While Squarespace's logo is actually not blue, they display their logo in the Knicks' blue, with a white background. Most other teams do the same. The idea of players being "running billboards" seems to dissipate upon seeing how well the ads blend in.
Here are a few more examples, by way of the Philadelphia 76ers, the Boston Celtics, and their sponsors, StubHub and General Electric:
The logos blend in fairly well. While they are certainly noticeable, they are not disruptive to their surroundings. You still feel like you're looking at a 76ers/Celtics jersey.
Of course, there are a few outliers...
Is it me or does that Buck look awfully angry?
Overall, however, these ads generally work well with team branding. More so, they provide another legitimate source of revenue for NBA teams. While there are no set prices for this inventory, the most lucrative deal for any team thus far has been the Golden State Warriors' sponsorship agreement with Rakuten, a deal worth $60 million over three years. That price, or any other, grants a 2.5 inch by 2.5 inch space for any brand to fill with their logo.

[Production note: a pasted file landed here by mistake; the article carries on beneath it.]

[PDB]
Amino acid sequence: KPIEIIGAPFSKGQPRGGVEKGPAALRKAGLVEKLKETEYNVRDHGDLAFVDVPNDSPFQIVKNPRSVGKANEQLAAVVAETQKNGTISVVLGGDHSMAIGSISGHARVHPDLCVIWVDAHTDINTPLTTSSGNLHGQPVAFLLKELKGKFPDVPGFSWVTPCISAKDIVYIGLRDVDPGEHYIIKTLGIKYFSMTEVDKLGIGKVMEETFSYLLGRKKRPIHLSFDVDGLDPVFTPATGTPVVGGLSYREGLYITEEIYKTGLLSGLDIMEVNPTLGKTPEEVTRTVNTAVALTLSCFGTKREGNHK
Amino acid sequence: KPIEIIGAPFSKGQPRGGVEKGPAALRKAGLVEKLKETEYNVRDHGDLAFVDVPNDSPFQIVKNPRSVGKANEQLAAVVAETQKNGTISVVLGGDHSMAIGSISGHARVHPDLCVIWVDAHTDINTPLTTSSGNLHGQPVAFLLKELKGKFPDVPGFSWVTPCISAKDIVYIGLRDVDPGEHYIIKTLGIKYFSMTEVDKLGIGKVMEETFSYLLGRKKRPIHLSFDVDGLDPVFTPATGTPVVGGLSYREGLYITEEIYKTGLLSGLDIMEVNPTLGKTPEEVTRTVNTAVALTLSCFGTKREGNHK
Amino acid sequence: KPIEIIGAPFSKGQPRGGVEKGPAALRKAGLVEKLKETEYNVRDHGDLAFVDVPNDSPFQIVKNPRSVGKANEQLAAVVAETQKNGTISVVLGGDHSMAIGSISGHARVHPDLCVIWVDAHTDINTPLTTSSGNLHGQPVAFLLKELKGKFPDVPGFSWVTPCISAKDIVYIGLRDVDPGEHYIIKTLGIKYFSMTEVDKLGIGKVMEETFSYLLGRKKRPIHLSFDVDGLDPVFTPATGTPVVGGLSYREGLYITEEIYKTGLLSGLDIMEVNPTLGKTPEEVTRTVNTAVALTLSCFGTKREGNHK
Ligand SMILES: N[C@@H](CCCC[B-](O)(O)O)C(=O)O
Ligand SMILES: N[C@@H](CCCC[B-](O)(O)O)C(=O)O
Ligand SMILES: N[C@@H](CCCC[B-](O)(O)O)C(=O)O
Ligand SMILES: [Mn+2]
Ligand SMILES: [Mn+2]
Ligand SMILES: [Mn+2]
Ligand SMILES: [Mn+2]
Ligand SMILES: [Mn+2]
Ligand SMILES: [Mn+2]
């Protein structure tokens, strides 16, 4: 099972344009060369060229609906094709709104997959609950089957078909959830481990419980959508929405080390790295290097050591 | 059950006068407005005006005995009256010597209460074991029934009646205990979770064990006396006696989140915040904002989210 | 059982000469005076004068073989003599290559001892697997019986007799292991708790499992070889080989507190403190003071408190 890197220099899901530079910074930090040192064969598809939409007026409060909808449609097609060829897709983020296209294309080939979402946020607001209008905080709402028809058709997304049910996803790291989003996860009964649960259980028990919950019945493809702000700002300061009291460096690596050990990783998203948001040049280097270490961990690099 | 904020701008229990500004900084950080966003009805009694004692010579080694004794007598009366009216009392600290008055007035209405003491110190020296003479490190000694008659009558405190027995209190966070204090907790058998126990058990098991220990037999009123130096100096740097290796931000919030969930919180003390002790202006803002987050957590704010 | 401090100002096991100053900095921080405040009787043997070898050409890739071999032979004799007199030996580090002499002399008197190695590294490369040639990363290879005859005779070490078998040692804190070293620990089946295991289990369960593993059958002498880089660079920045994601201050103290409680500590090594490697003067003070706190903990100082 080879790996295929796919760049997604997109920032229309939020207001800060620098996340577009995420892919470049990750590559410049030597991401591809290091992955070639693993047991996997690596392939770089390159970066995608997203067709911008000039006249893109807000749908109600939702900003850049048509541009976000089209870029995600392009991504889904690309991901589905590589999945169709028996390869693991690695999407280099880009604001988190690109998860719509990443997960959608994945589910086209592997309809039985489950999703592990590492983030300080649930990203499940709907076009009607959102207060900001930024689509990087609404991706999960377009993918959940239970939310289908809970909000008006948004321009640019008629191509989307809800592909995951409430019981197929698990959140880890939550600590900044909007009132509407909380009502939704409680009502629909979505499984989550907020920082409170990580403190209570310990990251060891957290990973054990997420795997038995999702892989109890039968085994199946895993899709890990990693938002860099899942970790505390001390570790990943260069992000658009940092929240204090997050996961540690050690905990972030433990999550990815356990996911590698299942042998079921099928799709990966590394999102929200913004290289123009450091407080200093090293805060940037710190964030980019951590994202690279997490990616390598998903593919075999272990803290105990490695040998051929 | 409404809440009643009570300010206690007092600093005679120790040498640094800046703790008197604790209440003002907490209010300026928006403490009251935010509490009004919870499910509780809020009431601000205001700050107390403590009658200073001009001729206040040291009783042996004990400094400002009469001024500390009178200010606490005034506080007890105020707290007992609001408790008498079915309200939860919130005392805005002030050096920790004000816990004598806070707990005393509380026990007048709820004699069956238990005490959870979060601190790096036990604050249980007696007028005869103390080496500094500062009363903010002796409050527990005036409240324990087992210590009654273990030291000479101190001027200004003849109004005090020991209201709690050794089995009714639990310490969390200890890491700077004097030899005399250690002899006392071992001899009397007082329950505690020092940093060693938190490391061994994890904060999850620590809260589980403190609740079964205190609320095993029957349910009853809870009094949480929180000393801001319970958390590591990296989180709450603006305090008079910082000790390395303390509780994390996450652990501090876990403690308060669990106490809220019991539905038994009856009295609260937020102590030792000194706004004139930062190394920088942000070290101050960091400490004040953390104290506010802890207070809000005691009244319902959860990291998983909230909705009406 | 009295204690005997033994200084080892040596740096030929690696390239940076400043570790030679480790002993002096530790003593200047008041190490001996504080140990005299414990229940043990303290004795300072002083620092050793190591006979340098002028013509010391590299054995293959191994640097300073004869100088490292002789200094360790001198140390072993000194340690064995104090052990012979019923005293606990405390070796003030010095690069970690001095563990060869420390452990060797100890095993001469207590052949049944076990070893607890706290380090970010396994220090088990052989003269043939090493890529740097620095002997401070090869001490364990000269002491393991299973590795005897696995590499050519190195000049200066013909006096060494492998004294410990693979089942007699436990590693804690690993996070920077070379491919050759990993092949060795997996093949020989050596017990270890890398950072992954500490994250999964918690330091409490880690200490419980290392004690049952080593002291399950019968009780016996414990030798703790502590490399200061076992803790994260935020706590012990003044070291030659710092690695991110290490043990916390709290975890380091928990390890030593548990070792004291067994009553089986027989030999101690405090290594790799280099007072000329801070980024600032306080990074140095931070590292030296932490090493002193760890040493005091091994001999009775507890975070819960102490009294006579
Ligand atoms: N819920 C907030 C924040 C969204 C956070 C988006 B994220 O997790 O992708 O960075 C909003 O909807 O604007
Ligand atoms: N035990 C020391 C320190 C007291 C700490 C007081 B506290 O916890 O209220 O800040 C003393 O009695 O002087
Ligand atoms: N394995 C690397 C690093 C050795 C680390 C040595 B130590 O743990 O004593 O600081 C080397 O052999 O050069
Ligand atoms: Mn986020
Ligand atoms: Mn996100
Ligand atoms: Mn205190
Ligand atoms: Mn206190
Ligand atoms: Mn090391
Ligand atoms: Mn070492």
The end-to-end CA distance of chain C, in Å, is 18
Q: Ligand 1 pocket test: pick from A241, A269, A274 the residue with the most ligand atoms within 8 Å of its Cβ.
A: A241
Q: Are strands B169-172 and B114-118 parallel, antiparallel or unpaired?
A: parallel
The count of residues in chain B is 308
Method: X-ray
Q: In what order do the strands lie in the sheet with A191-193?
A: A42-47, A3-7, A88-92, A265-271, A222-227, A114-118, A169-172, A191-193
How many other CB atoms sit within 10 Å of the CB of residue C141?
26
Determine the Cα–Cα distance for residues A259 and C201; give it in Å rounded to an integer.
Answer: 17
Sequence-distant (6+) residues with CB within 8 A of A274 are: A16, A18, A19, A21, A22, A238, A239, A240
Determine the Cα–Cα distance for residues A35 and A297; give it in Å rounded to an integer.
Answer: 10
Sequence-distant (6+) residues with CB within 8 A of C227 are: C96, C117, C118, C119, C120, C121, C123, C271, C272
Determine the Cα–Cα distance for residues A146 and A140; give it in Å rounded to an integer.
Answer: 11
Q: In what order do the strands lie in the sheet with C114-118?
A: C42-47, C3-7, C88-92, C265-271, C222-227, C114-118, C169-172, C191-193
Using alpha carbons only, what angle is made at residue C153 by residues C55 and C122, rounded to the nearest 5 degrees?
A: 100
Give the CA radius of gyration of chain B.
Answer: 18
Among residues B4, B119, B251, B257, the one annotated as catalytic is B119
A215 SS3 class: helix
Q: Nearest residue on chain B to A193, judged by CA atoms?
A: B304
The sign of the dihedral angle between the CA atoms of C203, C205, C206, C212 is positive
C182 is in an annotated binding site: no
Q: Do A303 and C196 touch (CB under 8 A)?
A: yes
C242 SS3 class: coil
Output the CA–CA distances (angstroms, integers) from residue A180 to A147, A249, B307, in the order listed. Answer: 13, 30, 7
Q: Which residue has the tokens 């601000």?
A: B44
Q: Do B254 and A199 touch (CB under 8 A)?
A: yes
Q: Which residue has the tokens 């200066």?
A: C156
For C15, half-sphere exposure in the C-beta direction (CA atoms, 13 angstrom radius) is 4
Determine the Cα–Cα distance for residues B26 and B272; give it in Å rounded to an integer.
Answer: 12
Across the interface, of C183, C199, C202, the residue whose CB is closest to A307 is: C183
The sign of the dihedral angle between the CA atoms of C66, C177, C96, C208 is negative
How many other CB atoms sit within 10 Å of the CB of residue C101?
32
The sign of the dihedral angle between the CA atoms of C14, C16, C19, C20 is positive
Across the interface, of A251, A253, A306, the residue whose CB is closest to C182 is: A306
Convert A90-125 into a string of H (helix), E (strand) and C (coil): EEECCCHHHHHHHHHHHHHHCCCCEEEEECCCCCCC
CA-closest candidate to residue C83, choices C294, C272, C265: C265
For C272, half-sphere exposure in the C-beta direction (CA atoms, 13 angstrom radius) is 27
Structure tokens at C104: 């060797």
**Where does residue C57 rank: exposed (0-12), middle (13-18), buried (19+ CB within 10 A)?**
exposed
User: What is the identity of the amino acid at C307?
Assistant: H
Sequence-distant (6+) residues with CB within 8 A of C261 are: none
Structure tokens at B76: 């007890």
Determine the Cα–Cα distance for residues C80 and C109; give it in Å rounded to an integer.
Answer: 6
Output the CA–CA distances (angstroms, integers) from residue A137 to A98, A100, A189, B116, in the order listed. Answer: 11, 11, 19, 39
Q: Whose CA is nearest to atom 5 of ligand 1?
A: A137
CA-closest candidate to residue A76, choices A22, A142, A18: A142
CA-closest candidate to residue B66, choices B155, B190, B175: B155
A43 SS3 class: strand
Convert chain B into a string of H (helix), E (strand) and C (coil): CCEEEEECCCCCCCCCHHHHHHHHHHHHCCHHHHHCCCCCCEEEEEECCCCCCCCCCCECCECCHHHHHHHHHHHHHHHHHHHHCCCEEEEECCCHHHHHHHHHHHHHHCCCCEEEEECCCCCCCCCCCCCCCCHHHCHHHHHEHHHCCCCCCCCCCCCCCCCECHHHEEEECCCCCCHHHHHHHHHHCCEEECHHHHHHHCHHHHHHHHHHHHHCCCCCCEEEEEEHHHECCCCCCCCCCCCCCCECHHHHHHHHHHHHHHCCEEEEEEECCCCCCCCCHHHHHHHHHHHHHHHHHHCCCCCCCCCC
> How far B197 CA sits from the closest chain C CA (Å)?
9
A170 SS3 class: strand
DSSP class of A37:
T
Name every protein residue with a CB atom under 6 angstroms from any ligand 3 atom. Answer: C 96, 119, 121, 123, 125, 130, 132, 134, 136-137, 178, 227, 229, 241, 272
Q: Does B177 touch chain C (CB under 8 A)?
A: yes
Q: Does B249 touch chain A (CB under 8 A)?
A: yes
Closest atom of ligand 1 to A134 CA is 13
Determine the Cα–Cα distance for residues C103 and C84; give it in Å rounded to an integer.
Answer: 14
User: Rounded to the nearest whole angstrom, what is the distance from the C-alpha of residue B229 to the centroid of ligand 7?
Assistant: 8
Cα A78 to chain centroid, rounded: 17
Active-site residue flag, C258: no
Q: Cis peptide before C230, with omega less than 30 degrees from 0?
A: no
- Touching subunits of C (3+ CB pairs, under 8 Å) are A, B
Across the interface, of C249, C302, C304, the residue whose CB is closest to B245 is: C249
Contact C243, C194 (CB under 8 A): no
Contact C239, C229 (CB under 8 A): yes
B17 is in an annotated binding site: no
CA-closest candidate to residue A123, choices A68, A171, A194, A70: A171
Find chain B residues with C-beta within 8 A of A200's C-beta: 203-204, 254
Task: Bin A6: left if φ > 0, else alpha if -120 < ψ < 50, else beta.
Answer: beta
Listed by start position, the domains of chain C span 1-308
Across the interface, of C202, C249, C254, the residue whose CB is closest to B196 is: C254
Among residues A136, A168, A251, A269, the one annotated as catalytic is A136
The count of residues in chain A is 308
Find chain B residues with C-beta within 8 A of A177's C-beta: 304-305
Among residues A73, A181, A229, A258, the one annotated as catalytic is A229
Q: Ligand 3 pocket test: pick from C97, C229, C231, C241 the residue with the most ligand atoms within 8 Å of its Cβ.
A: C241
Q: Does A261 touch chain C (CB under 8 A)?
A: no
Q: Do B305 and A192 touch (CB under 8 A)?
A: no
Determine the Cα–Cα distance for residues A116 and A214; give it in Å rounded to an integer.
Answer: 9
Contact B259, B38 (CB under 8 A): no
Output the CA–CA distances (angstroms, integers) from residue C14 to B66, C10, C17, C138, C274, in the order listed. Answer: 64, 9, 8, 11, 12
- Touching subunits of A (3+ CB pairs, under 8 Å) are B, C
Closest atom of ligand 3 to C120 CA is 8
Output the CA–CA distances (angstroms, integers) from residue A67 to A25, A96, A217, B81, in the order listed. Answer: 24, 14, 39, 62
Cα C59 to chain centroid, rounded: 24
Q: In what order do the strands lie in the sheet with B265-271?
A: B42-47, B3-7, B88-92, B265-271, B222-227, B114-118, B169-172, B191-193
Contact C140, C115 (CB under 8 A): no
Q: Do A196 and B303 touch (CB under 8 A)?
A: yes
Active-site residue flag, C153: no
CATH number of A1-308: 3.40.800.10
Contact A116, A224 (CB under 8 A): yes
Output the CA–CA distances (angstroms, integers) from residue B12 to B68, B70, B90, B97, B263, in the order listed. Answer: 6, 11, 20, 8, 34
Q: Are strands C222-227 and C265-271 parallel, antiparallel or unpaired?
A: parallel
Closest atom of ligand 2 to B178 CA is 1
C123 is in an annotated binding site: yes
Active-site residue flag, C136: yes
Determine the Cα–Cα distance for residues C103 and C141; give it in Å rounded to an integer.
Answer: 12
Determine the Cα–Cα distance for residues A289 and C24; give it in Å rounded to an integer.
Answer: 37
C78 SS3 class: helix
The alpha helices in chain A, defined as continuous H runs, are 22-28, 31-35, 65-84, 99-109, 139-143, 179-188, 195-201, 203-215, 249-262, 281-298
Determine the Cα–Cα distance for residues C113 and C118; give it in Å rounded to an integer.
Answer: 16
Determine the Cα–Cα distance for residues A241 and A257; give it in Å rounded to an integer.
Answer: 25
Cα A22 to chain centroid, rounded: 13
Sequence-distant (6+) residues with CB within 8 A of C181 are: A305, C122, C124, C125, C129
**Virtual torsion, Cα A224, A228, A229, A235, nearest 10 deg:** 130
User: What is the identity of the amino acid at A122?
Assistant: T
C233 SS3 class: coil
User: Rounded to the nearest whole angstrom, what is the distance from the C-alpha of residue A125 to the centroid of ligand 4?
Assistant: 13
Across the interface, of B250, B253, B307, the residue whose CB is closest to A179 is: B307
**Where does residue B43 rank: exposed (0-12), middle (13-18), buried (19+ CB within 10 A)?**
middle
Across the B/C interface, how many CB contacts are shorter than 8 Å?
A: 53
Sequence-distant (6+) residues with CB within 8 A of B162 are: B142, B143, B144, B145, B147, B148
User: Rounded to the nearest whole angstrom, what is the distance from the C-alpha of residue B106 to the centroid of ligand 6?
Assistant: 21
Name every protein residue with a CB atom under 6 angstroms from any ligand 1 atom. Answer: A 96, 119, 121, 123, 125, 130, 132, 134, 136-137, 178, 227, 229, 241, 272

In the end, if you were to think of a New York Knicks jersey as a piece of content, these brand logo ads are fairly well integrated, while still generating revenue.
All-Stars and All-Sponsors
Typically, jersey ads and things of that nature are test-run in international and exhibition matches, regardless of the sport.
The most notable yearly exhibition in the NBA is its annual All-Star Game. The All-Star Game is a perfect example in looking at the NBA's high-level inclusion of sponsorships during game broadcasts.
Here's a list of some of the events that took place over the course of this year's All-Star Weekend: